The members of the team were:
JANUARY 13, 2006:
The first mistake of the day was noticed right away. The night before, Jon and I slept at Stuart’s condo near Vail. I had commented that I would just take my bivi sack and sleep on the ground since I move around so much at night. Stuart and John decided on the same thing. Unfortunately, when we met Alan at the trailhead, we had discovered that he planned on tenting with one of us and didn’t have a tent. I had brought a tent, but left it at Stuart’s house. It was a big mistake on my part. The ascent would have to be tent-less.
We decided to cheat and catch a ride on snowmobiles part of the way. After bidding farewell to our sled drivers, we began the climb. It was very slow once we reached the summer trailhead. Breaking trail through four feet of powder snow was very tiring. Views teased us now and then before getting to the more open areas around timberline, but it was still slow-going. We reached Halfmoon Pass and marveled at the incredible views. Mount Jackson and the Gore Range were clothed in all their winter glory. The weather was absolutely beautiful. It had taken us over three hours to cover the last 1.7 miles to the pass. Even so, we were all pretty optimistic. 0.5 miles per hour is not a bad speed for January, considering we were breaking trail and carrying 50-80 lb packs. It should be easier to go down to Cross Creek and we should arrive in plenty of time to set up camp, or so we thought.
Going down the west side of Halfmoon proved slower than going up the east side, though the views of the mountain made the effort worth it. There were some open areas to traverse and the snowpack was a concern. Traversing proved to be very slow, as was the route down through the trees and very steep slopes. The route was not easy to find, and we found ourselves cliffed-out above Cross Creek. There would be no easy way to reach Cross Creek. One thousand feet of descent doesn’t seem like much on paper, or in the head, but in January with very steep slopes loaded with powder snow, it was actually a very long way down to Cross Creek Basin.
I had wanted to take a more southern and more direct route, though very steep, that followed the approximate summer route. There was much concern about the steepness, and the possibility of slipping down the steep slopes, and possibly off a cliff. John had wanted to a more northern route down a spur, but I was concerned that the unknown route looked to have a 200 foot cliff at the bottom on the map, and that we might not reach Cross Creek. Unfortunately, none of us had climbed Holy Cross before, and some summer scouting of the route would have been of great help.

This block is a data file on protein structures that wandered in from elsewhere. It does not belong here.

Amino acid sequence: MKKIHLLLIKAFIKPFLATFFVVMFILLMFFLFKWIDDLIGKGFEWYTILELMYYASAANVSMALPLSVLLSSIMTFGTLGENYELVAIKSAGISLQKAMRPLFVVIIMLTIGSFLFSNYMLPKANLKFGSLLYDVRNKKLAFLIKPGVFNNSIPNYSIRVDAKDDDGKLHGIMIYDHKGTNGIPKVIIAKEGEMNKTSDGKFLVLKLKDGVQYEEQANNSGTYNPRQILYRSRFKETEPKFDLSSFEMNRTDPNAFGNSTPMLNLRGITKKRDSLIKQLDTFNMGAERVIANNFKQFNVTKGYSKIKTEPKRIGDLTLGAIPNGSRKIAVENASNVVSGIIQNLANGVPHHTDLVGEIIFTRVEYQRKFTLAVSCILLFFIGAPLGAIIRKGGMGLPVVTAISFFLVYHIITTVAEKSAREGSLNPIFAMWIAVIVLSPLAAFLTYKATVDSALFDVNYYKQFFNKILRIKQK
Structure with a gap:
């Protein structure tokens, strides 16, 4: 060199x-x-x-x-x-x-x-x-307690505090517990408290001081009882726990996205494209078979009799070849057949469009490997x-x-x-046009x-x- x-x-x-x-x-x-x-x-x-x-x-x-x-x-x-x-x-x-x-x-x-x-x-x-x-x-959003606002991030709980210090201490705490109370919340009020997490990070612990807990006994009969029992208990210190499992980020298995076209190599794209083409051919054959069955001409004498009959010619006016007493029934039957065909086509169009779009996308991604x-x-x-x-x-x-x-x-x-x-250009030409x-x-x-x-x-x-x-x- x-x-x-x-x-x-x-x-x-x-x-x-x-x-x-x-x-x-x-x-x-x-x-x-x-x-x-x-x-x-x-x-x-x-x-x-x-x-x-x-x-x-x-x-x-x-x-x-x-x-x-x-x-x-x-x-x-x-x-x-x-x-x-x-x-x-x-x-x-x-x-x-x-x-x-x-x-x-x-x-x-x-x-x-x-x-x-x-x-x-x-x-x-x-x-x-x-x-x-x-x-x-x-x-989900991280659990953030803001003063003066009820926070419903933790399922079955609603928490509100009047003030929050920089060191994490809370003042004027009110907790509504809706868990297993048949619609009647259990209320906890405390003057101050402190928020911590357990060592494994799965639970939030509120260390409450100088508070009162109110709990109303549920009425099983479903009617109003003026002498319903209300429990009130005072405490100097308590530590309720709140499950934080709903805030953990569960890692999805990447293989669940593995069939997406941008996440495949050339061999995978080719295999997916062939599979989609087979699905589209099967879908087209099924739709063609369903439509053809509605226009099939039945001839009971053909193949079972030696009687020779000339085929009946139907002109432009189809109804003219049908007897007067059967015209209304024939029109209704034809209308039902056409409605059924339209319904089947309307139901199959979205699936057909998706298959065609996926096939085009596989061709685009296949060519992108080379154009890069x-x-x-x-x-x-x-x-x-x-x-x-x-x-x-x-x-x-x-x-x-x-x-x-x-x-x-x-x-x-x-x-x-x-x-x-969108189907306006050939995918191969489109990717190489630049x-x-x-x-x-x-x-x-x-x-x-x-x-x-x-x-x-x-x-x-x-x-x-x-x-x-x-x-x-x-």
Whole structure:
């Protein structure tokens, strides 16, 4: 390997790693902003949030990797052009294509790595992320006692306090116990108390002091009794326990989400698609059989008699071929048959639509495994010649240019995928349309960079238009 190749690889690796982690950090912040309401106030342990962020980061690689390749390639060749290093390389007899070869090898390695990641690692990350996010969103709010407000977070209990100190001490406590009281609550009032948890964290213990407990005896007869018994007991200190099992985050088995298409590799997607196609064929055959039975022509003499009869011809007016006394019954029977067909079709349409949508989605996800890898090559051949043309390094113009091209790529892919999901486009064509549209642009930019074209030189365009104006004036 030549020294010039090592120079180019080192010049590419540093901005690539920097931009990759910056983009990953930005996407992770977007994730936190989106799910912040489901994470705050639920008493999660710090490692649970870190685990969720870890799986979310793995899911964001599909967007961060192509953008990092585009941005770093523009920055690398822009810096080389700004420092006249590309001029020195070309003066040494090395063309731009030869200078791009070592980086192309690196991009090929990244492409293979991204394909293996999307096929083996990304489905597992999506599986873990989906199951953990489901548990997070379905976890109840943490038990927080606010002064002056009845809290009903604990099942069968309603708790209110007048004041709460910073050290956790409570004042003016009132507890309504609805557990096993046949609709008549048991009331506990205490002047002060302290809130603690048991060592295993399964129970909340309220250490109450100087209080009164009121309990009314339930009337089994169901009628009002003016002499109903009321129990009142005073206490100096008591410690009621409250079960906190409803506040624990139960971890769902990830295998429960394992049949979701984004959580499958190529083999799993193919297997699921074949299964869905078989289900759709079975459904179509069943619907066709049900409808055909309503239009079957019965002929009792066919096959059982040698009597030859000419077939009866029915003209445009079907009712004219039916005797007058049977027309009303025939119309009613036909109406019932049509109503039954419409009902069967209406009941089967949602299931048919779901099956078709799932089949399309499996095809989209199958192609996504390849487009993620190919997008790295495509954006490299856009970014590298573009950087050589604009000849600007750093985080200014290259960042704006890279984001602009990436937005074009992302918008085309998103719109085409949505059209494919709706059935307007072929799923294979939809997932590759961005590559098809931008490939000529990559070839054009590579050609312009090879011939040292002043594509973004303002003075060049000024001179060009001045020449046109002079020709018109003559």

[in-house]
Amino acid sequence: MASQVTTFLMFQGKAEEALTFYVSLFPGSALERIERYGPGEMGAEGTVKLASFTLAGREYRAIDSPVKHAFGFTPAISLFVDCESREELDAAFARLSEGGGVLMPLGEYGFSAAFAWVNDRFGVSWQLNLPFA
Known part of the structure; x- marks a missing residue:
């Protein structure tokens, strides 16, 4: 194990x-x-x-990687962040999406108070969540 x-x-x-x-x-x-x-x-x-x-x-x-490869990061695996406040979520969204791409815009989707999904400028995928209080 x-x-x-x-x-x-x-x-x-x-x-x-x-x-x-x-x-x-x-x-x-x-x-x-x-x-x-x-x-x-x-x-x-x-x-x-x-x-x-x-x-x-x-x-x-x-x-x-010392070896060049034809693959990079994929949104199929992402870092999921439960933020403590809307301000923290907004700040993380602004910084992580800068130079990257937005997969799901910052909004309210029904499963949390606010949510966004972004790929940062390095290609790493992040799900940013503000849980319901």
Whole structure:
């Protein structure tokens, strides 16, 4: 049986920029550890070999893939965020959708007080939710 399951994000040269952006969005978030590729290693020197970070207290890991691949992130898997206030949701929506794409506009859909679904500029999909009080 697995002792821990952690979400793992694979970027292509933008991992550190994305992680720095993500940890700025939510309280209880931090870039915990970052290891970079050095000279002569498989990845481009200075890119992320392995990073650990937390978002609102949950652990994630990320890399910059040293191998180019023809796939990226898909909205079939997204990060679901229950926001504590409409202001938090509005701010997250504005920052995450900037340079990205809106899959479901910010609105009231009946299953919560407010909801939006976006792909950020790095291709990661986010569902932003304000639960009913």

After much wandering around looking for a viable route, we decided to set up camp in a little hollow among boulders just above a big cliff. It was almost dark by the time we reached this place and it had been a long and hard day. We set up camp and ate dinner.
More than physical tiredness, it seemed like the slow progress to reach this point was damaging to morale. Cross Creek was still far below. There were many thought of not pushing on the next day. A storm was due sometime on the 15th. We didn’t have any tents. The going was very slow. We all had different thoughts, but there were no conflicts or arguments, and everyone got along well and enjoyed each others company.
Here are some of our thoughts:
I still wanted to push for the summit, and thought that at least some of us could. The going was slow, but it would be easier once we hit the North Ridge of Holy Cross above timberline. The snow should be blown off or wind-packed. The storm was due in two days, but the weather was now beautiful, and even the nights were fairly warm. The storm was worry some, but there was a bright full moon out, and we could climb until way after sunset without using even a headlamp. As long as we were to the summit and back to camp the night of the 14th, we should be just fine, and we could always turn back. I am slow myself, but wouldn’t mind trying for the summit in one long push. If in fact the storm did hit early, and even if it did snow much, we wouldn’t be trapped. I did get trapped for a few days once on a winter climb because after a storm dropped four feet of snow, it put a huge cornice on top of the pass, we were in a cirque with a cliff below, and couldn’t retreat down that way, nor could we retrace our steps through the cornice (it took us two days and two nights to dig through that cornice). This time was different. Everyone had four days or more of food, and this was only day 1. Even if the storm did make retreat over Halfmoon Pass impossible, we (whoever wanted to try for the summit) could go directly down Cross Creek. It would be a very difficult two days of trail breaking, but it should be safe (but difficult) route.
On the other hand, I had many concerns. I wouldn’t go at this alone. I only want to go with the crowd, and wouldn’t go if no one else was interested in the summit. Alan was not feeling well, and he didn’t have a tent or bivi sack. If Alan went back, Stuart would too, so Alan wouldn’t be alone. But…John and I rode to the trailhead with Stuart. If we did try for the summit, Stuart said he would pick us up, but how would he know when? I guess we could call from the Outfitter Trailer near the highway? Also, we still didn’t know of the route down to Cross Creek. Could we find a safe route down? If not, we would have to return, which might not be easy.